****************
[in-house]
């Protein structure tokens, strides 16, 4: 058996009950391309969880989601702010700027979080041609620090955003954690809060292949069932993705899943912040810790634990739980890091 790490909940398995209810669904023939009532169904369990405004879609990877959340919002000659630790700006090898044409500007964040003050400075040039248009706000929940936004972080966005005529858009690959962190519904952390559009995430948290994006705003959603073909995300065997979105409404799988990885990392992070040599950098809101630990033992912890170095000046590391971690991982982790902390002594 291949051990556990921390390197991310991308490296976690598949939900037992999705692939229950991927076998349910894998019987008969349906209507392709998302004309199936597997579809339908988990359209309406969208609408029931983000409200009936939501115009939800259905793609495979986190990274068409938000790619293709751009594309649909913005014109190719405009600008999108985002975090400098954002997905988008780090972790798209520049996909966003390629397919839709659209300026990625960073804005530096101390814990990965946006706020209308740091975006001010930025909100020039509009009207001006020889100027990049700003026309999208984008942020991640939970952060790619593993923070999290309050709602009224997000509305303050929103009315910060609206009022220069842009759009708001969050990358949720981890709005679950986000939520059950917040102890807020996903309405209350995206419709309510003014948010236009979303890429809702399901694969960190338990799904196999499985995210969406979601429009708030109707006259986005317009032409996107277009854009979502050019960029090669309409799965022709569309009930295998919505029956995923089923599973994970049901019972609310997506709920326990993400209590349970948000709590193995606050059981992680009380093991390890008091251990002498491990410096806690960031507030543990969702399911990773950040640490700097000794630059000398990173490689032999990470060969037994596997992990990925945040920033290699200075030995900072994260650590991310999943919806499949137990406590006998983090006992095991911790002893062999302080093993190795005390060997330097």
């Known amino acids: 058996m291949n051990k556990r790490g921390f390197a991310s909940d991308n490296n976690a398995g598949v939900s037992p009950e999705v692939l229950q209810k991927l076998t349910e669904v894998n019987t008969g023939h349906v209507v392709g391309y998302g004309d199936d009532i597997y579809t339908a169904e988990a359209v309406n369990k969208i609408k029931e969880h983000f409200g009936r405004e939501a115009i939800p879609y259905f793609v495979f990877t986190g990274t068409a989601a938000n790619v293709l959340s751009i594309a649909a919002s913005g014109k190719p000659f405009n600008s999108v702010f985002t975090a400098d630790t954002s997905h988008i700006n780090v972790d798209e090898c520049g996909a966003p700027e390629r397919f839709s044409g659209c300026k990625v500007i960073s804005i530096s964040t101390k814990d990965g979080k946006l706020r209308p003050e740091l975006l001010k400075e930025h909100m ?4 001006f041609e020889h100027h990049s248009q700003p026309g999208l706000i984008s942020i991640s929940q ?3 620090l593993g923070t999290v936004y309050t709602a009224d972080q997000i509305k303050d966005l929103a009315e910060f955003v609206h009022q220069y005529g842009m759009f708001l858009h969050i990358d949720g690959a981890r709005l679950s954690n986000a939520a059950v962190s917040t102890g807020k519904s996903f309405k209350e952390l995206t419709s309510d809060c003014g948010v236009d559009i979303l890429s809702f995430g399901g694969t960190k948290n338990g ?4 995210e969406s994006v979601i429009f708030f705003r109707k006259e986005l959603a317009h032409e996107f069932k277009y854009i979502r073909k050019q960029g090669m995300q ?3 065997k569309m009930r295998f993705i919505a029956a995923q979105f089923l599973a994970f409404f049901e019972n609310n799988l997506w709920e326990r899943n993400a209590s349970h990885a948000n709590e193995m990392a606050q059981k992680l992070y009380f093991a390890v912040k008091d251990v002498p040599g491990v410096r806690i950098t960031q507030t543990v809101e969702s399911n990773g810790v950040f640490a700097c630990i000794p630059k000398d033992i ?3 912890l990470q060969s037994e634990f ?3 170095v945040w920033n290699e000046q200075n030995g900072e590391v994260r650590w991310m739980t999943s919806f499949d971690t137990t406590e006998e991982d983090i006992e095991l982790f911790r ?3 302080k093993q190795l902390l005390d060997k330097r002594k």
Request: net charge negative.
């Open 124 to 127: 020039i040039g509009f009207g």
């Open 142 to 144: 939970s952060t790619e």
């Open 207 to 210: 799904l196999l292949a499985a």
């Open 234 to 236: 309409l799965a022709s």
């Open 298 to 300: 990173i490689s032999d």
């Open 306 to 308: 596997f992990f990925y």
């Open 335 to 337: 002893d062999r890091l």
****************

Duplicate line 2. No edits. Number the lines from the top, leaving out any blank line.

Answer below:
């Protein structure tokens, strides 16, 4: 058996009950391309969880989601702010700027979080041609620090955003954690809060292949069932993705899943912040810790634990739980890091 790490909940398995209810669904023939009532169904369990405004879609990877959340919002000659630790700006090898044409500007964040003050400075040039248009706000929940936004972080966005005529858009690959962190519904952390559009995430948290994006705003959603073909995300065997979105409404799988990885990392992070040599950098809101630990033992912890170095000046590391971690991982982790902390002594 291949051990556990921390390197991310991308490296976690598949939900037992999705692939229950991927076998349910894998019987008969349906209507392709998302004309199936597997579809339908988990359209309406969208609408029931983000409200009936939501115009939800259905793609495979986190990274068409938000790619293709751009594309649909913005014109190719405009600008999108985002975090400098954002997905988008780090972790798209520049996909966003390629397919839709659209300026990625960073804005530096101390814990990965946006706020209308740091975006001010930025909100020039509009009207001006020889100027990049700003026309999208984008942020991640939970952060790619593993923070999290309050709602009224997000509305303050929103009315910060609206009022220069842009759009708001969050990358949720981890709005679950986000939520059950917040102890807020996903309405209350995206419709309510003014948010236009979303890429809702399901694969960190338990799904196999499985995210969406979601429009708030109707006259986005317009032409996107277009854009979502050019960029090669309409799965022709569309009930295998919505029956995923089923599973994970049901019972609310997506709920326990993400209590349970948000709590193995606050059981992680009380093991390890008091251990002498491990410096806690960031507030543990969702399911990773950040640490700097000794630059000398990173490689032999990470060969037994596997992990990925945040920033290699200075030995900072994260650590991310999943919806499949137990406590006998983090006992095991911790002893062999302080093993190795005390060997330097």